Not “It Had to be You,” as in the Frank Sinatra song,
not pre-determined as that, but still
someone planned your fate back in the Dark Ages.
It was written up and pasted on plaster walls,
horns sounded its essence. Through swamps and mosquitoes,
fog climbing into boats,
the landing at Normandy, the kiss in the snowy parking lot,
it was always meant to be you.
Candles were lit in tiny red jars for you.
Buddha woke beneath the Bodhi tree.
You recited the Kama Sutra
and eyeglass cases snapped open. For you, leaves fell
onto the backs of soldiers lying in the Argonne woods,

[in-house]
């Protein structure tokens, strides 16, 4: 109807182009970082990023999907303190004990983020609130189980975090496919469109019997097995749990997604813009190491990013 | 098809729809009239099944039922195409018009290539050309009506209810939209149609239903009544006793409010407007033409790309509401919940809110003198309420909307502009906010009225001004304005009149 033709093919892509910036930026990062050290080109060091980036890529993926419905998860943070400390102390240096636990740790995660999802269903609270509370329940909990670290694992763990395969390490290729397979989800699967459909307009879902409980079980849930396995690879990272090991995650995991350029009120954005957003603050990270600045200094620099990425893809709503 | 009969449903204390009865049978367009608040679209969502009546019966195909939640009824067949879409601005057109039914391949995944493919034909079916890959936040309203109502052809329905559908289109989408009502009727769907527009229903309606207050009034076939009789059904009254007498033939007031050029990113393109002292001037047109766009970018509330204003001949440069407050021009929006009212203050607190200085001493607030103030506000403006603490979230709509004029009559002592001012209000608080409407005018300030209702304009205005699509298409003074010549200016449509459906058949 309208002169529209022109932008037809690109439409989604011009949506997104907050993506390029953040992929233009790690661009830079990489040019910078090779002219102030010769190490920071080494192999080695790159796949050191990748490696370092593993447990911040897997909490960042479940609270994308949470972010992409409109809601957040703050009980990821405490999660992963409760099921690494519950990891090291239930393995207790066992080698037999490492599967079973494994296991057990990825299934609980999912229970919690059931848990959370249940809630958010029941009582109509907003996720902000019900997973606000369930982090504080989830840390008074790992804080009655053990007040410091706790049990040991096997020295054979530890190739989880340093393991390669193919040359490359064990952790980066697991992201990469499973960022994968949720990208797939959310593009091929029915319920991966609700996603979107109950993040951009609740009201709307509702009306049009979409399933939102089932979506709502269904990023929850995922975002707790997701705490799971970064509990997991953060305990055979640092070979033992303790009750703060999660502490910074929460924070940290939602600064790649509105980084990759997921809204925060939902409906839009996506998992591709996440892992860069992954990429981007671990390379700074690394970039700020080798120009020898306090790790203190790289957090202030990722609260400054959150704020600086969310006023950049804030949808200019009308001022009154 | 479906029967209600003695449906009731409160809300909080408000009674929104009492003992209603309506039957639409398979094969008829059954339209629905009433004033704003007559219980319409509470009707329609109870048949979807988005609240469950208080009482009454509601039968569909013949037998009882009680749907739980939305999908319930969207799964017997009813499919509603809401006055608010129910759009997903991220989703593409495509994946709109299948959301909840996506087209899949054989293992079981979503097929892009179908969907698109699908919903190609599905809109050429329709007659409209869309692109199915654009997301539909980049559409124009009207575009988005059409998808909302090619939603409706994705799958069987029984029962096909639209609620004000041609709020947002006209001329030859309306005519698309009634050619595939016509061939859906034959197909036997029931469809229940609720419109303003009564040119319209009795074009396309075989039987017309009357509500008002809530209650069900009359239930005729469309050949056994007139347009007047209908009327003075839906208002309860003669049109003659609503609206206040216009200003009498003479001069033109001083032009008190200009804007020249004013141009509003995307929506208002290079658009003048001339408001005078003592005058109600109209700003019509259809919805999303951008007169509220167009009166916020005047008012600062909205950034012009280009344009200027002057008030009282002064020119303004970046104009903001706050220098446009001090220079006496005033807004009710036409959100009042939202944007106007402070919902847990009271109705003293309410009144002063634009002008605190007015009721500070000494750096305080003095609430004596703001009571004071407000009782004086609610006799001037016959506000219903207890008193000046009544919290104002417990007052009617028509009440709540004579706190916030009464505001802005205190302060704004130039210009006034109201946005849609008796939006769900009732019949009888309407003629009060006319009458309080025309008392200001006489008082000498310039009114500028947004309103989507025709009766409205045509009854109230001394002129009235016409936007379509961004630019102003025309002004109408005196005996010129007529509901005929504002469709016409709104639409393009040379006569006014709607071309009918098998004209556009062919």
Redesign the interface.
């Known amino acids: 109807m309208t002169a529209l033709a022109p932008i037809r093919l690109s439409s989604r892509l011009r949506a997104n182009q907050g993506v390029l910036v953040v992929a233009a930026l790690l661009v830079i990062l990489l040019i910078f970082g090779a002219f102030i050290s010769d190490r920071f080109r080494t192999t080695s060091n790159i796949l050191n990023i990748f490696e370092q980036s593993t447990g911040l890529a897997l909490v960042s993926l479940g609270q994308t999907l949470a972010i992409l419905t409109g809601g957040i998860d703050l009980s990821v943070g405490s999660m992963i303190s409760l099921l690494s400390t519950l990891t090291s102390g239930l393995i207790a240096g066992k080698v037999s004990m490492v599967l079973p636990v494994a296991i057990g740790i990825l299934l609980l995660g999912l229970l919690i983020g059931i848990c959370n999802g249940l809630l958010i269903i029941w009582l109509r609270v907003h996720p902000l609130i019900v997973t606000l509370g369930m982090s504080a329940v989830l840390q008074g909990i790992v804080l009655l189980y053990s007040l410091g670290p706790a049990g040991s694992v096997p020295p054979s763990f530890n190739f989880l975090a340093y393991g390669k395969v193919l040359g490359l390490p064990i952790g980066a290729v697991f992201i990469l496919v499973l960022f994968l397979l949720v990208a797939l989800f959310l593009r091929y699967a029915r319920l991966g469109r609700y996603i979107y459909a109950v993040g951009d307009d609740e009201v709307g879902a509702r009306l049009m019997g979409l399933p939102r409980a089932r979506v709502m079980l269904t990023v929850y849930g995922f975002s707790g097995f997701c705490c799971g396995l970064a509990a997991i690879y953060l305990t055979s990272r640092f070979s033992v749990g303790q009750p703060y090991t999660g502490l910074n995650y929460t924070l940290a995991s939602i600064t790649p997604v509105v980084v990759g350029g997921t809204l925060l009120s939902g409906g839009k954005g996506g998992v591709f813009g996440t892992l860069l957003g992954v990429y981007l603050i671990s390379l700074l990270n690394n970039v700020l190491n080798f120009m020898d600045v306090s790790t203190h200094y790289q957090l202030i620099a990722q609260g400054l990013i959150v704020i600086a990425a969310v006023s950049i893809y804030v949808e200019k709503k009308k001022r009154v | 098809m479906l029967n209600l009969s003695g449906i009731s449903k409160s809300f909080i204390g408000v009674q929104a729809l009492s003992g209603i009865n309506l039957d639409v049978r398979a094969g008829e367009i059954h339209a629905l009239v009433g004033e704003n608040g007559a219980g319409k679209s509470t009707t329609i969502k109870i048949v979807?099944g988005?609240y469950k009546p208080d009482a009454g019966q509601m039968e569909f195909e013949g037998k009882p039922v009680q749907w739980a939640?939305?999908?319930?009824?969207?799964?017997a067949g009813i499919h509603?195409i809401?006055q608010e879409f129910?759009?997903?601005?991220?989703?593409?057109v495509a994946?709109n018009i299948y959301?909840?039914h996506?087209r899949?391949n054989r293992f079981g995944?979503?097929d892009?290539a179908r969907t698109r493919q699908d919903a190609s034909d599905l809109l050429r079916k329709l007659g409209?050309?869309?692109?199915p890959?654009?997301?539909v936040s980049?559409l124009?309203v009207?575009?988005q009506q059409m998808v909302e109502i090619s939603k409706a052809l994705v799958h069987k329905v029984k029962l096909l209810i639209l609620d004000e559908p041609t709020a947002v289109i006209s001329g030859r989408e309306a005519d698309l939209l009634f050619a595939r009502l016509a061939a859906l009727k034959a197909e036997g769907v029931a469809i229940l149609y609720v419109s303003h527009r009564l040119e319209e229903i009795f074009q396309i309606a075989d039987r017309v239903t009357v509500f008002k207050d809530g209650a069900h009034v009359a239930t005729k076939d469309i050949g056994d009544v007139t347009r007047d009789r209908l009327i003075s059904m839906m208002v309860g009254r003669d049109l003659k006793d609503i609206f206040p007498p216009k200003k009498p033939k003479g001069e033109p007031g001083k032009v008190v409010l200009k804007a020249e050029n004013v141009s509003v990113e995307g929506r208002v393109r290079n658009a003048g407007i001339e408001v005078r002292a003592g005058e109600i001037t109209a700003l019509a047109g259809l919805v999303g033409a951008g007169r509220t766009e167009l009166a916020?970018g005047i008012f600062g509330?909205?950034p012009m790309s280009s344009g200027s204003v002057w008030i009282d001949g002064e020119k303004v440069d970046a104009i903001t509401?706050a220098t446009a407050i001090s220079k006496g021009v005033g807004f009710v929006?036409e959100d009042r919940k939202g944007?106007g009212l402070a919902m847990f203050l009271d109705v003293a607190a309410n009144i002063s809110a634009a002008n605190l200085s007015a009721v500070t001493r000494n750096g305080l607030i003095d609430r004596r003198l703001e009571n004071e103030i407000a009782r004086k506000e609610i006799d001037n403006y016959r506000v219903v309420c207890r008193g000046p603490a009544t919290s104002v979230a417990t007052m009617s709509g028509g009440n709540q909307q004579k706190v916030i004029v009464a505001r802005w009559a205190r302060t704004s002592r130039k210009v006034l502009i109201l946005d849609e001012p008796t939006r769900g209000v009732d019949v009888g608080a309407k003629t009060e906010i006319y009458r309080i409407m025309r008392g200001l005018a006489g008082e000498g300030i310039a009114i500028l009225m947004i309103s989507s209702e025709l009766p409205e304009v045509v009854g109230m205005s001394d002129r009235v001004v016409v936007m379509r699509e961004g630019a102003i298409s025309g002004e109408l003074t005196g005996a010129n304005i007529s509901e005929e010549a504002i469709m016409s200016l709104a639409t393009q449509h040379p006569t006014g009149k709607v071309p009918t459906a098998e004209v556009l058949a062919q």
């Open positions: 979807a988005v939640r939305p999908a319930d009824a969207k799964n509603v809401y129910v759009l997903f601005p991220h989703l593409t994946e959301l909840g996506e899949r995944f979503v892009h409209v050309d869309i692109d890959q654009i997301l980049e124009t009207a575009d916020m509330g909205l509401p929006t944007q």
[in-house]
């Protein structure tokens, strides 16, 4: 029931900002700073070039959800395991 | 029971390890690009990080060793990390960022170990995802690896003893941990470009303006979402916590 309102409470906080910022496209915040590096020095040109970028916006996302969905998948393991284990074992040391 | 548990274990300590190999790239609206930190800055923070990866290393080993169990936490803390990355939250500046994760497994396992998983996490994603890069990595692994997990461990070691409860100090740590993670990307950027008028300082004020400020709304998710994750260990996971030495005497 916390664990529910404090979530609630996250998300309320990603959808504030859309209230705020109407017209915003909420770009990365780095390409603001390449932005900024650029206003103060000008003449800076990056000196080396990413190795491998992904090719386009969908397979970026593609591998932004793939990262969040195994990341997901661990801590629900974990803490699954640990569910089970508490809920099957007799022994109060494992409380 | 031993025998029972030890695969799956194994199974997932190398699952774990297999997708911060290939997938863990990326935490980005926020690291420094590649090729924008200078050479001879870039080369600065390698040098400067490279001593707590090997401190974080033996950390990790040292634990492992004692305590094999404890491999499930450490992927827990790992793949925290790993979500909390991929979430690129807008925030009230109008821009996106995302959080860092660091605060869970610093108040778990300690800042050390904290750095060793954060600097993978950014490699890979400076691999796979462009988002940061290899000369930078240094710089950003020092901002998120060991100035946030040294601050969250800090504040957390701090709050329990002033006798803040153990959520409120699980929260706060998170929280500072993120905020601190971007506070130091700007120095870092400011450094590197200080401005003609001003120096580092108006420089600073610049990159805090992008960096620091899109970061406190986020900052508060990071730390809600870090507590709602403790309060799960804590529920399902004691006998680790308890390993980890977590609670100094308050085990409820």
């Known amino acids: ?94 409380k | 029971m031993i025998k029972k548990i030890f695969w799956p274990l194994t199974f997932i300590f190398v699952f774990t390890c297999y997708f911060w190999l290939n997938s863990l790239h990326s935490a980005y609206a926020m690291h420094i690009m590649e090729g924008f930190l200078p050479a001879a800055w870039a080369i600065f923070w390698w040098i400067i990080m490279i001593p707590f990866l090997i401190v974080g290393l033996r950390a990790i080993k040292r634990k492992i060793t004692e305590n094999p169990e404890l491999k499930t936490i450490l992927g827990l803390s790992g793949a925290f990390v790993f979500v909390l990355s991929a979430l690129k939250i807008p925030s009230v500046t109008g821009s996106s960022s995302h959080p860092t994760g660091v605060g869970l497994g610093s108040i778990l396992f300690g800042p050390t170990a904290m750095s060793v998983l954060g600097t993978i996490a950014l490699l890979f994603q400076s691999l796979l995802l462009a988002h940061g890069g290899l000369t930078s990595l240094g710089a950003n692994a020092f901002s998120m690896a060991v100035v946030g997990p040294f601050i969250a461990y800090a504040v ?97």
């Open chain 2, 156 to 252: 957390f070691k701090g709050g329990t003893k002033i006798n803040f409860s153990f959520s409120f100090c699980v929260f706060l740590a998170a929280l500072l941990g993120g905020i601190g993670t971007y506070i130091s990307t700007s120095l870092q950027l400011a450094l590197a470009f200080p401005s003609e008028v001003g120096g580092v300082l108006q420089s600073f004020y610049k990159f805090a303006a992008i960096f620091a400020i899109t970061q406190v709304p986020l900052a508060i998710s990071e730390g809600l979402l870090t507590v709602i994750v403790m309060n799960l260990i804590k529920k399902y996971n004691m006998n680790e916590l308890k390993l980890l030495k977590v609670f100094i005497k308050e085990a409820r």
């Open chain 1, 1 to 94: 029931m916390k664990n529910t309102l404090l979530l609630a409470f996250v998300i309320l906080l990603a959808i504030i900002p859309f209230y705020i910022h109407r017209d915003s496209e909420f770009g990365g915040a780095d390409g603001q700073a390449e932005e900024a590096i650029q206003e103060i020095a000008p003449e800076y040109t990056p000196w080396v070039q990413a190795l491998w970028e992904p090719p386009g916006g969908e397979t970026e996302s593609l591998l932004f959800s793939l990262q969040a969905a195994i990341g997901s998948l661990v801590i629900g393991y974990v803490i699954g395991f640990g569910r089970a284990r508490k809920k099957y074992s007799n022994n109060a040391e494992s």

the whippoorwill sang, the mouse ran up the clock,
a white stallion galloped across the plains of inner America,
Broadway’s lights rose. It was always
meant to be you who looked up from the windows of an upstairs bedroom,
named cats “Kaleidoscope” and “Mr. Dalton” and “A Shot in the Dark,”
who dressed like someone never forgetting to refill the blue salt shaker,
teased poems from parked cars,
took prayers from small blue frogs with their tongues extended,
who wept so little your eyes dried out,
filled breathless intervals.
bore a chalice down a small church aisle.
Not the phantom pop song woman who could be almost anyone,
or the woman floating in a veil of sentiment,
but the specific you who cracks her toes at night,
lisps saying “sexual,” dances on linoleum floors,
believes that history has purposes beyond red sofa couch cushions.
It was always meant to be you.
until the stores roll up their awnings on Forever Avenue,
the million-million bodhisattvas have no one left to save.
© Dick Allen